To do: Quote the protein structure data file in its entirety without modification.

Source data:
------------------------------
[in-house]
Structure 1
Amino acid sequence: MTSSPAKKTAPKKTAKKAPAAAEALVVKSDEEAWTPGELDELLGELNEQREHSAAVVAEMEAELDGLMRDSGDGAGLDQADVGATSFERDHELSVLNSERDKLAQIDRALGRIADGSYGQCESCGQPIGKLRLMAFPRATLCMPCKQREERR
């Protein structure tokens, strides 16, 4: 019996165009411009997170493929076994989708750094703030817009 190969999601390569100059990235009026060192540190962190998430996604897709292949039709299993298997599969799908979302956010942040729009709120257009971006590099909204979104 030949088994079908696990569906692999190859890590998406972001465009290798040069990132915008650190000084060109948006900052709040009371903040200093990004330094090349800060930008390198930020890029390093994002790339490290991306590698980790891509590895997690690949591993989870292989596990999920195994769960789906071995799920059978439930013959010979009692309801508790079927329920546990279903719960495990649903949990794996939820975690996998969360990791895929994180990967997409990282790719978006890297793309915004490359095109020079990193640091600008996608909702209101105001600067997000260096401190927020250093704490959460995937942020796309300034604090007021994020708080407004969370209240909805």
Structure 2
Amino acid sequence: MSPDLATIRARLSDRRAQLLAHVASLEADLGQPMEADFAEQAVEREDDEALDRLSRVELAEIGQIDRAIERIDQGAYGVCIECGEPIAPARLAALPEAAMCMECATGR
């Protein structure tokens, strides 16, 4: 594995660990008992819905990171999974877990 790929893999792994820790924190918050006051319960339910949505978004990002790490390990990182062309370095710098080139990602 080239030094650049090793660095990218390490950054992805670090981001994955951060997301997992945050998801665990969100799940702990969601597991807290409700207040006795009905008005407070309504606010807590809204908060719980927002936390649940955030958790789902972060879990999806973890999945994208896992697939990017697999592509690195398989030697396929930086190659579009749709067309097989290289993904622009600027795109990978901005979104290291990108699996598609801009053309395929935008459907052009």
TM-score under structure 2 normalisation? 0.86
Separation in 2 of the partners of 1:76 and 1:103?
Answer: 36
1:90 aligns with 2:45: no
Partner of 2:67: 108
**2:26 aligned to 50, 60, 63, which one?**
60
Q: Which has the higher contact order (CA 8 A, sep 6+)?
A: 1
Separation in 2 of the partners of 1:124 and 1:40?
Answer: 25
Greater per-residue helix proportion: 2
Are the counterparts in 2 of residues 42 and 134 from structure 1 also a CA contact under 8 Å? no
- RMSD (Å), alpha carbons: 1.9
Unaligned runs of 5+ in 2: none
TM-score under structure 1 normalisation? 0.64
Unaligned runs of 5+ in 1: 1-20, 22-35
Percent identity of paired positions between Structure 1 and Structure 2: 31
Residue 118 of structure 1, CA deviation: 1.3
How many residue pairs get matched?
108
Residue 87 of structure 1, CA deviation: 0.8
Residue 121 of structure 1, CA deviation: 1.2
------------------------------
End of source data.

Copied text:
[in-house]
Structure 1
Amino acid sequence: MTSSPAKKTAPKKTAKKAPAAAEALVVKSDEEAWTPGELDELLGELNEQREHSAAVVAEMEAELDGLMRDSGDGAGLDQADVGATSFERDHELSVLNSERDKLAQIDRALGRIADGSYGQCESCGQPIGKLRLMAFPRATLCMPCKQREERR
């Protein structure tokens, strides 16, 4: 019996165009411009997170493929076994989708750094703030817009 190969999601390569100059990235009026060192540190962190998430996604897709292949039709299993298997599969799908979302956010942040729009709120257009971006590099909204979104 030949088994079908696990569906692999190859890590998406972001465009290798040069990132915008650190000084060109948006900052709040009371903040200093990004330094090349800060930008390198930020890029390093994002790339490290991306590698980790891509590895997690690949591993989870292989596990999920195994769960789906071995799920059978439930013959010979009692309801508790079927329920546990279903719960495990649903949990794996939820975690996998969360990791895929994180990967997409990282790719978006890297793309915004490359095109020079990193640091600008996608909702209101105001600067997000260096401190927020250093704490959460995937942020796309300034604090007021994020708080407004969370209240909805």
Structure 2
Amino acid sequence: MSPDLATIRARLSDRRAQLLAHVASLEADLGQPMEADFAEQAVEREDDEALDRLSRVELAEIGQIDRAIERIDQGAYGVCIECGEPIAPARLAALPEAAMCMECATGR
């Protein structure tokens, strides 16, 4: 594995660990008992819905990171999974877990 790929893999792994820790924190918050006051319960339910949505978004990002790490390990990182062309370095710098080139990602 080239030094650049090793660095990218390490950054992805670090981001994955951060997301997992945050998801665990969100799940702990969601597991807290409700207040006795009905008005407070309504606010807590809204908060719980927002936390649940955030958790789902972060879990999806973890999945994208896992697939990017697999592509690195398989030697396929930086190659579009749709067309097989290289993904622009600027795109990978901005979104290291990108699996598609801009053309395929935008459907052009």
TM-score under structure 2 normalisation? 0.86
Separation in 2 of the partners of 1:76 and 1:103?
Answer: 36
1:90 aligns with 2:45: no
Partner of 2:67: 108
**2:26 aligned to 50, 60, 63, which one?**
60
Q: Which has the higher contact order (CA 8 A, sep 6+)?
A: 1
Separation in 2 of the partners of 1:124 and 1:40?
Answer: 25
Greater per-residue helix proportion: 2
Are the counterparts in 2 of residues 42 and 134 from structure 1 also a CA contact under 8 Å? no
- RMSD (Å), alpha carbons: 1.9
Unaligned runs of 5+ in 2: none
TM-score under structure 1 normalisation? 0.64
Unaligned runs of 5+ in 1: 1-20, 22-35
Percent identity of paired positions between Structure 1 and Structure 2: 31
Residue 118 of structure 1, CA deviation: 1.3
How many residue pairs get matched?
108
Residue 87 of structure 1, CA deviation: 0.8
Residue 121 of structure 1, CA deviation: 1.2